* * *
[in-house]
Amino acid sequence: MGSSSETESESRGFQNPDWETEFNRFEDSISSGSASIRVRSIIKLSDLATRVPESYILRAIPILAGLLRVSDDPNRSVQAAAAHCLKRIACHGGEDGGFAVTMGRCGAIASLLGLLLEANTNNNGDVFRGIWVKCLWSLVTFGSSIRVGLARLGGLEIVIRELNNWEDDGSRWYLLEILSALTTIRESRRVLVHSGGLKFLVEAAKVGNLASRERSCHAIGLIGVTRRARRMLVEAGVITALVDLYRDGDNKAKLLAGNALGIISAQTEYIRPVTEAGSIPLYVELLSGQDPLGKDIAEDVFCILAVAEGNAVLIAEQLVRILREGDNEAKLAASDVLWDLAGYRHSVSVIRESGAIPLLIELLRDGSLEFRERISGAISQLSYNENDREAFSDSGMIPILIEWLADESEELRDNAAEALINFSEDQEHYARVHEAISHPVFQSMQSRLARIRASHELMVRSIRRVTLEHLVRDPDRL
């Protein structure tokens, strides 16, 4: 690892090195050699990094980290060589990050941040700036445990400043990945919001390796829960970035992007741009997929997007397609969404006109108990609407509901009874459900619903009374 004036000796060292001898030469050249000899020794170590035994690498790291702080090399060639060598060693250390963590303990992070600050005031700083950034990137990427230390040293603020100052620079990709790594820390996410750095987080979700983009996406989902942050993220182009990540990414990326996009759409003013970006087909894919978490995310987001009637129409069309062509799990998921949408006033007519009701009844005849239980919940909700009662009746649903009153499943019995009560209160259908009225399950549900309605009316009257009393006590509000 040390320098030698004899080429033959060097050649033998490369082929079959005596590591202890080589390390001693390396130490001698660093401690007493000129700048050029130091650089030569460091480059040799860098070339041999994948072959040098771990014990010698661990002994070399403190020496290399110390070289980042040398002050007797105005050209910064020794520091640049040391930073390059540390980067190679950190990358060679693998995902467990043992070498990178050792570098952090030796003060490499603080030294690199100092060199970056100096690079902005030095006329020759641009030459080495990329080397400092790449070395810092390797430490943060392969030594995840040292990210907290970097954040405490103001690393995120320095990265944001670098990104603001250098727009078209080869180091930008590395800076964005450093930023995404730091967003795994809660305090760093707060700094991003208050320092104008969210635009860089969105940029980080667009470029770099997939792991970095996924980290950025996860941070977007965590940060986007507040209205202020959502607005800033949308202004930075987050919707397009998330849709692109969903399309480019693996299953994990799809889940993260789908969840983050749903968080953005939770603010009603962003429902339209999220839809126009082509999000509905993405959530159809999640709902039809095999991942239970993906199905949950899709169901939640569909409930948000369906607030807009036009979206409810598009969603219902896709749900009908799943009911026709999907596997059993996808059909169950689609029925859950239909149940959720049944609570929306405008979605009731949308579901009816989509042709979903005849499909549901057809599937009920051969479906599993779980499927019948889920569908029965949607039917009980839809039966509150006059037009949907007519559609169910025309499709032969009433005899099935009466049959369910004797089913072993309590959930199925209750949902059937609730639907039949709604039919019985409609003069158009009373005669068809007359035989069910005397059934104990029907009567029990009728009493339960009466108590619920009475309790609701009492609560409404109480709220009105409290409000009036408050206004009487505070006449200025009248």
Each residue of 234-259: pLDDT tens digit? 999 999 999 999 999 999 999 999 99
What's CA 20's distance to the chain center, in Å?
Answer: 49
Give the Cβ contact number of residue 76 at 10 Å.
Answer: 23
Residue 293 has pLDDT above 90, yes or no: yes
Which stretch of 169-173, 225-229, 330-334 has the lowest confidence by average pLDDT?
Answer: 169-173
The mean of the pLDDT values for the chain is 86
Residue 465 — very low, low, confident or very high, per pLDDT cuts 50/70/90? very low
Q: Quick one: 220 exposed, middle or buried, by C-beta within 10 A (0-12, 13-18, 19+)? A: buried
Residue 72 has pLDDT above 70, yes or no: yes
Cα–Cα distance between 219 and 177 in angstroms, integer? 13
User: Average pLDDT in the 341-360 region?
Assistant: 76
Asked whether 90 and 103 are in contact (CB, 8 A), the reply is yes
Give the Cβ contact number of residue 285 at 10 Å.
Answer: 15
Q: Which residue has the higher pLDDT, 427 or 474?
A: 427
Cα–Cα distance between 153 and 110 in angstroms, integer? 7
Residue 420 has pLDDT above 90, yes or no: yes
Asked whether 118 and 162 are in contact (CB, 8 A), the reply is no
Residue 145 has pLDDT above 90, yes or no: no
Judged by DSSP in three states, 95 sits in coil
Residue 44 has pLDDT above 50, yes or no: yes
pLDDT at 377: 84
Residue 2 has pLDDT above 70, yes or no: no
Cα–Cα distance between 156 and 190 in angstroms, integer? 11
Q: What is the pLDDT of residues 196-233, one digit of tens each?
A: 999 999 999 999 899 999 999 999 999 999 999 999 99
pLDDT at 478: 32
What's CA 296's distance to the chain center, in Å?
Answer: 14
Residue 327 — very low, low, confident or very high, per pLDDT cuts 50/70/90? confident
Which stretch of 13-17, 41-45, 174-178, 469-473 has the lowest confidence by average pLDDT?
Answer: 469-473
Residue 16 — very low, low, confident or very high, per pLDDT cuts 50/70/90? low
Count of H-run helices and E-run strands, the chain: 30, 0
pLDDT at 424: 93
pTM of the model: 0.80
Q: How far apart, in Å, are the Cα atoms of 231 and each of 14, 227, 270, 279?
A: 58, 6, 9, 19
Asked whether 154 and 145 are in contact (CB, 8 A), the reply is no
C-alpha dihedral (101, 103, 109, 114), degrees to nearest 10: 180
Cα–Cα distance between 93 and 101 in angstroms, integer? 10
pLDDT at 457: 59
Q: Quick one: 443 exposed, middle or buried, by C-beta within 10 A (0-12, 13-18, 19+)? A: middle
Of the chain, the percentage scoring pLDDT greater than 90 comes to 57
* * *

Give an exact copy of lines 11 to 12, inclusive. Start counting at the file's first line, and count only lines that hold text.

Answer: 169-173
The mean of the pLDDT values for the chain is 86